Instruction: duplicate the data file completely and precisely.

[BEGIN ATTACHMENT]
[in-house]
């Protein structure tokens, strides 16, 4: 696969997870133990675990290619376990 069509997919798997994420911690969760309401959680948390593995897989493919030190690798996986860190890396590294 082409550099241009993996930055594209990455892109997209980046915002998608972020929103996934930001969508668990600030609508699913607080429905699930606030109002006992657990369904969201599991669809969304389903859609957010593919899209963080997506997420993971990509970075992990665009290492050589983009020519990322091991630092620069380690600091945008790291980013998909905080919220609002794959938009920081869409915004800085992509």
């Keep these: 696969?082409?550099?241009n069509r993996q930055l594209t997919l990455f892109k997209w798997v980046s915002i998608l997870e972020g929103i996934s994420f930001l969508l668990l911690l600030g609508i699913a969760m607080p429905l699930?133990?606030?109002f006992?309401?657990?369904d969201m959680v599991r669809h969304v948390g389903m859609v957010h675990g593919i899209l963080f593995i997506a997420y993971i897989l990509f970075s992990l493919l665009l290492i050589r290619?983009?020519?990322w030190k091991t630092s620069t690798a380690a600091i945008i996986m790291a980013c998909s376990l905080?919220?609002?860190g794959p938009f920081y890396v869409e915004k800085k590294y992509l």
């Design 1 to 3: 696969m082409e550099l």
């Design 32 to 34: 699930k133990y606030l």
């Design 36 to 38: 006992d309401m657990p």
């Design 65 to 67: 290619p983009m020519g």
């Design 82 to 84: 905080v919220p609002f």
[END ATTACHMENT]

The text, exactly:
[in-house]
């Protein structure tokens, strides 16, 4: 696969997870133990675990290619376990 069509997919798997994420911690969760309401959680948390593995897989493919030190690798996986860190890396590294 082409550099241009993996930055594209990455892109997209980046915002998608972020929103996934930001969508668990600030609508699913607080429905699930606030109002006992657990369904969201599991669809969304389903859609957010593919899209963080997506997420993971990509970075992990665009290492050589983009020519990322091991630092620069380690600091945008790291980013998909905080919220609002794959938009920081869409915004800085992509």
């Keep these: 696969?082409?550099?241009n069509r993996q930055l594209t997919l990455f892109k997209w798997v980046s915002i998608l997870e972020g929103i996934s994420f930001l969508l668990l911690l600030g609508i699913a969760m607080p429905l699930?133990?606030?109002f006992?309401?657990?369904d969201m959680v599991r669809h969304v948390g389903m859609v957010h675990g593919i899209l963080f593995i997506a997420y993971i897989l990509f970075s992990l493919l665009l290492i050589r290619?983009?020519?990322w030190k091991t630092s620069t690798a380690a600091i945008i996986m790291a980013c998909s376990l905080?919220?609002?860190g794959p938009f920081y890396v869409e915004k800085k590294y992509l």
């Design 1 to 3: 696969m082409e550099l």
């Design 32 to 34: 699930k133990y606030l």
């Design 36 to 38: 006992d309401m657990p």
């Design 65 to 67: 290619p983009m020519g």
């Design 82 to 84: 905080v919220p609002f």